There is no doubt that, though still in his teens, Archuleta has been able to tap into a world-class gift for interpretation. But lately, he has traveled far and wide to be mentored on crafting songs himself.
“For me, I am just beginning to write, but it is so much fun — I love it,” Archuleta said, “As a singer, it is your job to get the message across for the songwriter. But as a songwriter, you are able to tell your own story.
“Sometimes it is like journal writing, but out in the open. Some things I am like, ‘I can’t wait to share this.’ Other things are like, ‘Wow. Yikes! I am not sure I can share this with people.’ “
Archuleta was spending time in Los Angeles, and previously in New York, to work on his next project with several experienced songwriters.
“That is the best way to learn it, to see how other people do things. I’ve found that everyone has their own way of doing things. You really learn a lot — and then figure out what works for you.”
The major lesson learned? Not being afraid to take risks, said Archuleta.
“I had to get where I was not afraid to look dumb,” he said, “That is the biggest thing, not thinking, ‘I don’t want to throw that out there, because someone else might think it is just dumb.’ You have to get over that. It’s been a great thing for me personally.”
By Scott Iwasaki, Deseret News
He may hardly ever visit, but singer David Archuleta still calls Murray home.
“I’m not there a whole lot, but I try to go there as much as I can,” Archuleta said during a phone call from New York, where he is filming a TV special for Univision. It will air Dec. 10.
“If I’m in Los Angeles and I have a little break, instead of spending time off in L.A., I just go home for a bit. I’d rather spend it there.”
Although Archuleta will tour for most of the holiday season, he will perform at Abravanel Hall next week.
He’s excited to be performing in a smaller venue than the 10,000-plus-seats venues where he sang this past summer.
“It been a lot of fun getting to do arenas during the summer, but I love intimate settings,” he said. “It feels more real, because the people are right there and they’re not like two miles away.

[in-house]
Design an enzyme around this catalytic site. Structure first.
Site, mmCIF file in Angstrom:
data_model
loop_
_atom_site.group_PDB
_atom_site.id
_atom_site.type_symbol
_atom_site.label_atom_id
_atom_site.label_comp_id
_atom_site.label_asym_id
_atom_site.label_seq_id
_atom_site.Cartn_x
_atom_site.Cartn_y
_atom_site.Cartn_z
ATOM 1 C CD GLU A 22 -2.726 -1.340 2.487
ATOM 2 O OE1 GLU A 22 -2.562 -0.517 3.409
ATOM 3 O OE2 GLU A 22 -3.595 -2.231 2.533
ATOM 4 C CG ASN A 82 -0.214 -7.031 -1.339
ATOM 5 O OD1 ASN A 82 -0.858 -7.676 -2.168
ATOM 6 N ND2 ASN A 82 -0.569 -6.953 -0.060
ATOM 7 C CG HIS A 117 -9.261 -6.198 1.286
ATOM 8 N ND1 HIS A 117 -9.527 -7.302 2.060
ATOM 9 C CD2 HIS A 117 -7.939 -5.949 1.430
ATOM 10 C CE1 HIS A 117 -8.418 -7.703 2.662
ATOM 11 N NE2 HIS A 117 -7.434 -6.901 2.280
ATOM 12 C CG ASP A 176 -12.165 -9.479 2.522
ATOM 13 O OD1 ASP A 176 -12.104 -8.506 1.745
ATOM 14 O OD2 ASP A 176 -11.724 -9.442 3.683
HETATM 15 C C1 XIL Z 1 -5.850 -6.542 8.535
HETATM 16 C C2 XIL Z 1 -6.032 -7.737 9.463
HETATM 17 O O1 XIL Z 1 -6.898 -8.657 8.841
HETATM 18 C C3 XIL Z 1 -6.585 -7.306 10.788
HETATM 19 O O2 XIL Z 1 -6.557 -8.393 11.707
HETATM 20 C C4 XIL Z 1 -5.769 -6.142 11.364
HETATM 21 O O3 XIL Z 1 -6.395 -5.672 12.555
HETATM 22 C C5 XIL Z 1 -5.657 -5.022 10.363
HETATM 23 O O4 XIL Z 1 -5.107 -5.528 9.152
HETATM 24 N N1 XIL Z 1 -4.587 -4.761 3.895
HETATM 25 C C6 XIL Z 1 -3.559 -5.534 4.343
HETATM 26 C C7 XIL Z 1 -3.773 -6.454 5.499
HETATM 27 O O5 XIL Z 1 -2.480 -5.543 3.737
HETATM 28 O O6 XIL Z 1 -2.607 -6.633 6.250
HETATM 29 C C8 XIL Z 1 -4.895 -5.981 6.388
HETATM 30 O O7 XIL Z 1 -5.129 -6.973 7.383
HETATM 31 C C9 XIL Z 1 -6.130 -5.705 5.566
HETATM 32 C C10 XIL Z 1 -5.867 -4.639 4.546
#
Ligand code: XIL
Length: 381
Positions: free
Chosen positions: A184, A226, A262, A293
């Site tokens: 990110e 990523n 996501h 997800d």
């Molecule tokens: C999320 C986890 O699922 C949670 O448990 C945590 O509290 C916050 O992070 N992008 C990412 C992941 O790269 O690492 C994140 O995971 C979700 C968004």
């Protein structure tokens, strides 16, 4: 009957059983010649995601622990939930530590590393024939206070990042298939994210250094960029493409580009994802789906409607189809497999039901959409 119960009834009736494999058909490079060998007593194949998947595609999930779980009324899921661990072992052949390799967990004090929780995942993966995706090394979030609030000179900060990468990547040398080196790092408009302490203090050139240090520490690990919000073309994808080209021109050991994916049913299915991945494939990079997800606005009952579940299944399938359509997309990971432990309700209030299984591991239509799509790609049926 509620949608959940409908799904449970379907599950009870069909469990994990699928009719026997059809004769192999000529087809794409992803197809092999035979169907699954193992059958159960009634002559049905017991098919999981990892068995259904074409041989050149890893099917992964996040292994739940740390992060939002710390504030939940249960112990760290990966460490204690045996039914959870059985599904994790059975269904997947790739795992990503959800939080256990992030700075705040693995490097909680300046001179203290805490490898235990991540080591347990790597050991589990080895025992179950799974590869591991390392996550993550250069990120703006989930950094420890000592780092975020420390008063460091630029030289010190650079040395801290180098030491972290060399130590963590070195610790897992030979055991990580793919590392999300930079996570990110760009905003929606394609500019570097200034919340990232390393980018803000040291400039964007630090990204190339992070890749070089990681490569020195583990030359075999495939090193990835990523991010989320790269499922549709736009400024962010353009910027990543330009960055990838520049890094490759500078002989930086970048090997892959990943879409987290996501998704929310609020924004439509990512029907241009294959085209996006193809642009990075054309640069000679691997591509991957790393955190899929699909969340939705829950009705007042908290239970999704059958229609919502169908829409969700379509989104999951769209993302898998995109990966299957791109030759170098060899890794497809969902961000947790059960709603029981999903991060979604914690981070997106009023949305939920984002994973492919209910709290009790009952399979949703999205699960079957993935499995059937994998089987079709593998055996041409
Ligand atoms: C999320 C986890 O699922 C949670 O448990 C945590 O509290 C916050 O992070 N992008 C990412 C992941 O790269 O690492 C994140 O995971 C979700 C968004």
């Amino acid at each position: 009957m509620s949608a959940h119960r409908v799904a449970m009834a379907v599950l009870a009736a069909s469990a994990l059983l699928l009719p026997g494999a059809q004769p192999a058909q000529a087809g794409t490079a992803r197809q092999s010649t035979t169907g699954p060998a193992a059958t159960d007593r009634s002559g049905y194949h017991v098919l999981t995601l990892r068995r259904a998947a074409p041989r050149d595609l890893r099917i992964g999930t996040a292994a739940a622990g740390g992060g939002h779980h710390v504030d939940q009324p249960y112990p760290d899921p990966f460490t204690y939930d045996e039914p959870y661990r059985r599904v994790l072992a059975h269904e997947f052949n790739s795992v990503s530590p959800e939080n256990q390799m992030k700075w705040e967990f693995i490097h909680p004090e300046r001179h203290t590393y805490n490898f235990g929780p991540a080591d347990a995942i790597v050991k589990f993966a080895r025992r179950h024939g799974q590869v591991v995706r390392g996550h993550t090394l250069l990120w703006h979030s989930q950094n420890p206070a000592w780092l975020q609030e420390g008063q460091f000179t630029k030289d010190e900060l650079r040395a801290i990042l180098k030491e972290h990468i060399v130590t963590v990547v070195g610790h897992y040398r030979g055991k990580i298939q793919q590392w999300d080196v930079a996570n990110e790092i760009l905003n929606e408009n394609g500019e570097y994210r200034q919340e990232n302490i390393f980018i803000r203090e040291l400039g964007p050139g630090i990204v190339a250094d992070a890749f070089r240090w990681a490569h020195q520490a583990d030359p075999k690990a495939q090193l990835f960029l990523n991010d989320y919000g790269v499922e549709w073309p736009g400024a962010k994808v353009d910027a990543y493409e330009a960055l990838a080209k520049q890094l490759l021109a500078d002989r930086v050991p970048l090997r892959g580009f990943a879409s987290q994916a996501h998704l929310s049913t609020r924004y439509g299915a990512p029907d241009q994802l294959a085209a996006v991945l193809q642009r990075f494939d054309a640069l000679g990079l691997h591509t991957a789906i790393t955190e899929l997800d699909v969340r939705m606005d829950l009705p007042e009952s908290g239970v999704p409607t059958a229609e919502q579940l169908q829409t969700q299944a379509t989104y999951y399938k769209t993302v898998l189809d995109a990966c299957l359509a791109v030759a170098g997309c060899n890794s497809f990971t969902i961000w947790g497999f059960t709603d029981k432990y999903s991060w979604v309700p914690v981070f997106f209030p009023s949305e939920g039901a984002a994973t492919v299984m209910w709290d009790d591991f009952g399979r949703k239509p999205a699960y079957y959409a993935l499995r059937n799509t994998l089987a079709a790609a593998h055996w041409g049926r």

“You feel less pressure at having to put on a big show for them.”
The “American Idol” seventh-season runner-up said he can be more himself in a smaller venue.
“The smaller it is, the more comfortable it is,” he said. “The more laid back the vibe, to kind of have that more close feel.”
His concert in Utah will primarily be Christmas-themed.
“It will mainly be a Christmas show because it’s Christmastime,” he said. “But I’ll add some non-Christmas songs into the mix, because everyone is familiar with (the hit) ‘Crush.’
“I want to see if I can change things up a little bit.”
Some of the Christmas songs will be on his new Christmas CD, “Christmas From the Heart,” which was released last month.
The songs include “Angels We Have Heard on High” and “Ave Maria,” which were produced and arranged by Kurt Bestor. Bestor also produced “Pat-a-pan” with John Hancock.
Archuleta also worked with Sam Cardon and Richard Parkinson on “What Child Is This,” “O Holy Night” and “Silent Night.”
Other Utah talents who are featured on the CD include guitarists Rich Dixon and Michael Dowdle, harpist Lisa Rytting and vocalists Jenny Frogley and David Osmond.
“It was so fun to be able to have Utah people (on the album),” he said. “We have so much talent in Utah. So why not use them?”
Archuleta, who turns 19 in December, said he hasn’t been able to rehearse for the concerts as much as he would like because he has been so busy.
The day before he filmed the TV special in New York, he was in Washington, D.C., taping “Kaleidoscope,” a skating special that will air on FOX Thanksgiving day.
“It’s been crazy but a lot of fun,” he said.
Archuleta said there really isn’t any way to prepare for the demands of being an in-demand celebrity. That includes the busy schedules and the impact his fame has on his personal life.
“You just take whatever (life) throws at you, and you just learn how to deal with it, even when you don’t think you can,” he said. “It’s about pushing yourself and pushing past what you think are your limits.
“It’s about doing that and figuring out what you can do. That’s how you grow, pushing beyond what you think are your limits.”
- WHO: David Archuleta
- WHEN: 7 p.m. Tuesday and Wednesday
- WHERE: Abravanel Hall, 123 W. South Temple, Salt Lake City.
- TICKETS: $28-$38, available from ArtTix, (888) 451-ARTS